The five-minute CIO: Chris Cochrane, BT Global Services

8 Jan 2016

Chris Cochrane, CIO, BT Global Services

“The old definition of the CIO as backroom IT manager has gone forever. The future CIO is a board member who is very much part of enabling the digital transformation of the entire business,” says Chris Cochrane, CIO of BT Global Services.

Cochrane heads up an IT organisation of more than 3,000 people and is, in effect, the CIO’s CIO, insofar as he works with the CIOs of more than 6,000 multinational organisations, including 98pc of the FTSE 100 and Fortune 600.

BT Global Services masterminds and facilitates the delivery of communications infrastructure and services in more than 170 countries worldwide.

Prior to taking on his present role in September, Cochrane spent three years as CIO in charge of service delivery for Openreach in the UK, which had thousands of engineers in the field tackling around 200,000 jobs a week.

Prior to joining BT in 2003, Cochrane was a software engineer with celebrated Belfast mobile technology company Openwave Systems.

Cochrane was in Dublin this week to attend the 52nd BT Young Scientist and Technology Exhibition.

This year, more than 2,048 projects from 396 schools were entered in the annual BT Young Scientist and Technology Exhibition and this was whittled down by the judges to 550 projects that took part in the exhibition.

Can you outline the breadth and scope of the technology rollout across your organisation and what improvements it will bring to the company?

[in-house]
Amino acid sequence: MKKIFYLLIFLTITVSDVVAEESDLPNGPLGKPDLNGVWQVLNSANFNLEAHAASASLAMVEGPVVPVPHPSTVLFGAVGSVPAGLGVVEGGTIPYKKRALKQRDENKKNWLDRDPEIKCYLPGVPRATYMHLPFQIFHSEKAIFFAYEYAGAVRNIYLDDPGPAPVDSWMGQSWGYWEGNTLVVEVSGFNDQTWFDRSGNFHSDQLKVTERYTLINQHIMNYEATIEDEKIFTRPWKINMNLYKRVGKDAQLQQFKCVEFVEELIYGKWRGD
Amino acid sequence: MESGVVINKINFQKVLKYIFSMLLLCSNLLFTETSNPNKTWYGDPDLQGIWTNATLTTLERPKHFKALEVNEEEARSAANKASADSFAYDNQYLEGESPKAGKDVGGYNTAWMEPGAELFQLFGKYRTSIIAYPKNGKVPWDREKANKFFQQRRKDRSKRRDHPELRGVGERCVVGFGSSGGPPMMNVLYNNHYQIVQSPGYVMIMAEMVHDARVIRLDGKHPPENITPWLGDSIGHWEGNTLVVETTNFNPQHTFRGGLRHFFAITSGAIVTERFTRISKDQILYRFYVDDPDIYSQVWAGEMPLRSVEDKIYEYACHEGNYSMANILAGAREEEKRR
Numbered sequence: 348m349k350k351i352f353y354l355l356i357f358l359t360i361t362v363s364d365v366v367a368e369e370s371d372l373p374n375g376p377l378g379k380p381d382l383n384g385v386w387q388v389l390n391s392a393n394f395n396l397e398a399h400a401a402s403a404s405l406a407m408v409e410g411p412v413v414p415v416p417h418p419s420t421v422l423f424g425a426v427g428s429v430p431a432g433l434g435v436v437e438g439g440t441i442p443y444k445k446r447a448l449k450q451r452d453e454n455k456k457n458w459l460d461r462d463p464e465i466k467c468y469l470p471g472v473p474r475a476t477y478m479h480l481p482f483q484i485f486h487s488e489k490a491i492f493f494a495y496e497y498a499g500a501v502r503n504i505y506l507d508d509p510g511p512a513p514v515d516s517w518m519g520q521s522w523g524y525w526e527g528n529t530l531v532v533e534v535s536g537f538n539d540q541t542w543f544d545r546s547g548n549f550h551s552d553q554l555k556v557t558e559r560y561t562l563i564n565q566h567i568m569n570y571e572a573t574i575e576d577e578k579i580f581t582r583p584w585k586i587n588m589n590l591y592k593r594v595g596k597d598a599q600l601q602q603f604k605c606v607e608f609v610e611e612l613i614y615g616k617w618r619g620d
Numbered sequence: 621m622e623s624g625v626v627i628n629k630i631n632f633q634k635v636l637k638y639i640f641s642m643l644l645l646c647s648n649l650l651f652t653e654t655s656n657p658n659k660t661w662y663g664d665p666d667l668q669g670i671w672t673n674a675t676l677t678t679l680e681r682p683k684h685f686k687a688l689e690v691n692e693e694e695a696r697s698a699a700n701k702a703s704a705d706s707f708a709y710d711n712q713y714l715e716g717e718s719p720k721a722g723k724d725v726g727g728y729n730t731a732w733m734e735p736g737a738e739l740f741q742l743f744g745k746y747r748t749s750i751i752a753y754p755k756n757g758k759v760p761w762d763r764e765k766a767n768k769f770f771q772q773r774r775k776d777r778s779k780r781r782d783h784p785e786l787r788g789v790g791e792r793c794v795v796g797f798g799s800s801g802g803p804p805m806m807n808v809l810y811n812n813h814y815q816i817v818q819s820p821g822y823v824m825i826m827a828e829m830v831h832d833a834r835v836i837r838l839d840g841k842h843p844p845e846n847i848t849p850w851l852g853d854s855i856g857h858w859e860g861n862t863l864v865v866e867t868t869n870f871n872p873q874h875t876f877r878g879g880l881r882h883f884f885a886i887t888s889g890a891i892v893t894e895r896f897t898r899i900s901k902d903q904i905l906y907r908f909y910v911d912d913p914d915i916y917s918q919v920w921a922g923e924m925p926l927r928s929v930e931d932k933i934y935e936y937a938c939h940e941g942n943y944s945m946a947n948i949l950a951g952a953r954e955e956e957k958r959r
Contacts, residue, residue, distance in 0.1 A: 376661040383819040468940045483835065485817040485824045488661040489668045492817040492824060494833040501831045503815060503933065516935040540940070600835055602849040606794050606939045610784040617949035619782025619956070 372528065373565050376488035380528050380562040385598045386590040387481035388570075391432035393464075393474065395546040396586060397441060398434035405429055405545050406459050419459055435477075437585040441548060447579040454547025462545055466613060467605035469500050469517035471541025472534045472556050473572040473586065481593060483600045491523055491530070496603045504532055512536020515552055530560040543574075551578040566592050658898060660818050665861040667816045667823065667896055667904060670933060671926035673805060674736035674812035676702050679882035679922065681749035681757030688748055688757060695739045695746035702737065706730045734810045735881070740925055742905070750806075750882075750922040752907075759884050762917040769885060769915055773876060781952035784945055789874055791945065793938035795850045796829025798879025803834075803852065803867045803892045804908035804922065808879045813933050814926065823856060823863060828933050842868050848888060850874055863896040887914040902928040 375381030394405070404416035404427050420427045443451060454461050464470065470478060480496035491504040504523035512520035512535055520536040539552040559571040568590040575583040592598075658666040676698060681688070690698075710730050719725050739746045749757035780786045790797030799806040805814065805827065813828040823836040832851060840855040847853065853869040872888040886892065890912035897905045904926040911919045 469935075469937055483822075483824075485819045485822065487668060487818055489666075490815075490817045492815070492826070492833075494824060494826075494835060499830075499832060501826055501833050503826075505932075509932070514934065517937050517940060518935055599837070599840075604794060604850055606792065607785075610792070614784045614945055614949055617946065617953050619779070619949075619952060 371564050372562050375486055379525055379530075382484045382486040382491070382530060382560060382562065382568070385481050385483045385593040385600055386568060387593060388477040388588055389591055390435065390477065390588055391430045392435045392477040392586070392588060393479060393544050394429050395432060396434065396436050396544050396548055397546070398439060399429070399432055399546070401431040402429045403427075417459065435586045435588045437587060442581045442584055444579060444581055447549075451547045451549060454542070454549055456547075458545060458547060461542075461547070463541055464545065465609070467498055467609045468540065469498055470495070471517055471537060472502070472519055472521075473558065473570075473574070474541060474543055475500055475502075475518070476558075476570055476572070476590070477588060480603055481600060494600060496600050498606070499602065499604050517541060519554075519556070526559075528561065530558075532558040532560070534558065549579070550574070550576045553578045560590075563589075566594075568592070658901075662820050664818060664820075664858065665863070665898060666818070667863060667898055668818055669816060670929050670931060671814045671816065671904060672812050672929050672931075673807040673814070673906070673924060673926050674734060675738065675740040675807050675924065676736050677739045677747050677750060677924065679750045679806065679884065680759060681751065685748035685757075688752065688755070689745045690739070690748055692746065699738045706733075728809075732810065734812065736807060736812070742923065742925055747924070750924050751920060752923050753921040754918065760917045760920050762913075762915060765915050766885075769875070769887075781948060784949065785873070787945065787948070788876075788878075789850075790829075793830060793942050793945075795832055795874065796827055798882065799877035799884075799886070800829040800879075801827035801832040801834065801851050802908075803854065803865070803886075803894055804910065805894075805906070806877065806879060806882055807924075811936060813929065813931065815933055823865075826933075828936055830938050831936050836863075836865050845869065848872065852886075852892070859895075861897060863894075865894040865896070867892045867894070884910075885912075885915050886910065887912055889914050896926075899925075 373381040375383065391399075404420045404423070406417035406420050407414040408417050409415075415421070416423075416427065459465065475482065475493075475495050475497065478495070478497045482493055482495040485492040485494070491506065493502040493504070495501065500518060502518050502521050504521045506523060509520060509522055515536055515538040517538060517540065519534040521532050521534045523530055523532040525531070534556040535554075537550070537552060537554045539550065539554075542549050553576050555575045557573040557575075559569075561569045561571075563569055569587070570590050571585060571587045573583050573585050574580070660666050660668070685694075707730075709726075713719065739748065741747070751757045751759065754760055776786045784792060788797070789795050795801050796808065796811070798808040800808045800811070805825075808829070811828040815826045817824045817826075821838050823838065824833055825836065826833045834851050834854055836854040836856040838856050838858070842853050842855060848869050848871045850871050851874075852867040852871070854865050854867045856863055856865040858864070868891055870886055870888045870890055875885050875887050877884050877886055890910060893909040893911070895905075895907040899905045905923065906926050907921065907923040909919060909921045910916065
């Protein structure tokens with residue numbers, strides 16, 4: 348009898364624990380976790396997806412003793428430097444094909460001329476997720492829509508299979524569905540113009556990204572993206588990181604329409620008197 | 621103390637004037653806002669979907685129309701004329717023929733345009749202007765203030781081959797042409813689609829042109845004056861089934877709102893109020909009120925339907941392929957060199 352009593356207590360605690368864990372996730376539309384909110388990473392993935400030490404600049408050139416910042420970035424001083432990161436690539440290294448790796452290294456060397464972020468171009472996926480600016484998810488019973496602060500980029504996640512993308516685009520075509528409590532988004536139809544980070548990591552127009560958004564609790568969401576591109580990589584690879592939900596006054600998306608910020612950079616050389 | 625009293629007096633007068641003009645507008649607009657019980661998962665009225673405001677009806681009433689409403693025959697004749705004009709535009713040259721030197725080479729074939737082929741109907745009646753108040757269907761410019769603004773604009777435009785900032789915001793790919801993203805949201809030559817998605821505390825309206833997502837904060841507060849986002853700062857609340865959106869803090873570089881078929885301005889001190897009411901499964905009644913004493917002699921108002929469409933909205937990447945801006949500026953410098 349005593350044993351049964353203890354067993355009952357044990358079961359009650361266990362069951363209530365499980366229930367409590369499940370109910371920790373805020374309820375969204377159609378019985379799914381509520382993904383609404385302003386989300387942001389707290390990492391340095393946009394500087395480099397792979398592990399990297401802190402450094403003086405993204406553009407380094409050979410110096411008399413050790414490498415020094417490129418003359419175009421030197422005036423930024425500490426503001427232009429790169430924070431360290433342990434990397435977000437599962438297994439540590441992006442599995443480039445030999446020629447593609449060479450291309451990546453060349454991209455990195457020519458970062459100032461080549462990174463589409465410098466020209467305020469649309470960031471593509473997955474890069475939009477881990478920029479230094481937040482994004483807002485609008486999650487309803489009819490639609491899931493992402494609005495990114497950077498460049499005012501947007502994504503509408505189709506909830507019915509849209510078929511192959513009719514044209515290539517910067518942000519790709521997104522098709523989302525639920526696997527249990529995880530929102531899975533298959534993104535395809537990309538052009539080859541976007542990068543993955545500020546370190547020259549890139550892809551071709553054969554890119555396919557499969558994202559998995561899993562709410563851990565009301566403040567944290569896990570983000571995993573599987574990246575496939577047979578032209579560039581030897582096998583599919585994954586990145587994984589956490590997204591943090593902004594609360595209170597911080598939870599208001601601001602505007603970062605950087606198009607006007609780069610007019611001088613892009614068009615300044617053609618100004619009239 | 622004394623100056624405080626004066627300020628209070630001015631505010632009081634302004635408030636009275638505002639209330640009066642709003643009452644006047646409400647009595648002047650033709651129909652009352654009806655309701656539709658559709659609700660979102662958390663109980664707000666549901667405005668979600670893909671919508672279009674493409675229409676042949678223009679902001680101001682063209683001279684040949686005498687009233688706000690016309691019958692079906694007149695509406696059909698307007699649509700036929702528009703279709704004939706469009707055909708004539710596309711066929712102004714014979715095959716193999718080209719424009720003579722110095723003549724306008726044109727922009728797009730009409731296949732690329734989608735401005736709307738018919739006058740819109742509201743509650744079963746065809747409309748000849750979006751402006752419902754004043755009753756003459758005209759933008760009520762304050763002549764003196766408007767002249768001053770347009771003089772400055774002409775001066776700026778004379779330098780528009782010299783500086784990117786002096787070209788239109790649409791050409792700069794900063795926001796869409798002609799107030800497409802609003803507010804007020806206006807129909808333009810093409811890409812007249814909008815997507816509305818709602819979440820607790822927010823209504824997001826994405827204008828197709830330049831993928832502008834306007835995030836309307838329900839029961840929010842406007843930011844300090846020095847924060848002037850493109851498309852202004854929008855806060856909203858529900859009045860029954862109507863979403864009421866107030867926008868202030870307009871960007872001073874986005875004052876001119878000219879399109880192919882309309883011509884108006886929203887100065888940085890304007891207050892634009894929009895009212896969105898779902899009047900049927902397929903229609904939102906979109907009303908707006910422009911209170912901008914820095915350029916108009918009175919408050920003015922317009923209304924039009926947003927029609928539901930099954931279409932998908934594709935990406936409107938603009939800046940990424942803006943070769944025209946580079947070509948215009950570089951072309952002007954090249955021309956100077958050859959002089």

The old definition of the CIO as backroom IT has gone forever. The future CIO is a board member who is very much part of enabling the business transformation, with trends and changes that communications has brought about.

My job is end-to-end responsibility for the systems and infrastructure typical of a standard CIO, but there are three parts that lead to my team.

The first one is interfacing into customers. Whenever a customer comes to us with a solution they want I have the design team that designs the communications solution that is best for them. Once we secure that business we then design and deliver that solution for our customers. I have a team of 3,000 people all over the world and we work with customers on every continent on building those solutions for them and then delivering them. That is one big part of my role and spending time with customers to figure out what they need.

The second area I would be responsible for is the technology strategy and our roadmap to build the capabilities we use to build communications for customers and what you call our technology vision – the cloud of clouds – how do we give CIOs of our customers a practical route into cloud computing that meets their needs for choice and flexibility and security.

The third area is in the development of my team. I am looking forward to seeing what the new skills that will be required in the future, investing in training and also driving a learning culture in my team as well. If you make a mistake you don’t make it twice but, also, how do you make sure you stay fresh and keep innovating?

In terms of managing IT budgets, what are your key thoughts on how CIOs/heads of technology should achieve their goals?

I first focus on the outcome and outputs we are trying to achieve. Where are we trying to go as an end vision and what is our journey? Focus first on the outcomes and then decide upon a set of programmes that is consistent with our strategy in the short and long term. Then I would look at how to best optimise the supply side of the equation, right-shoring effort to optimise cost, ensuring the critical or new and emerging differential skills are attained within the team. In today’s world, keeping a balanced view of the cost of legacy and taking advantage of new technologies like cloud to minimise ongoing costs frees up budget.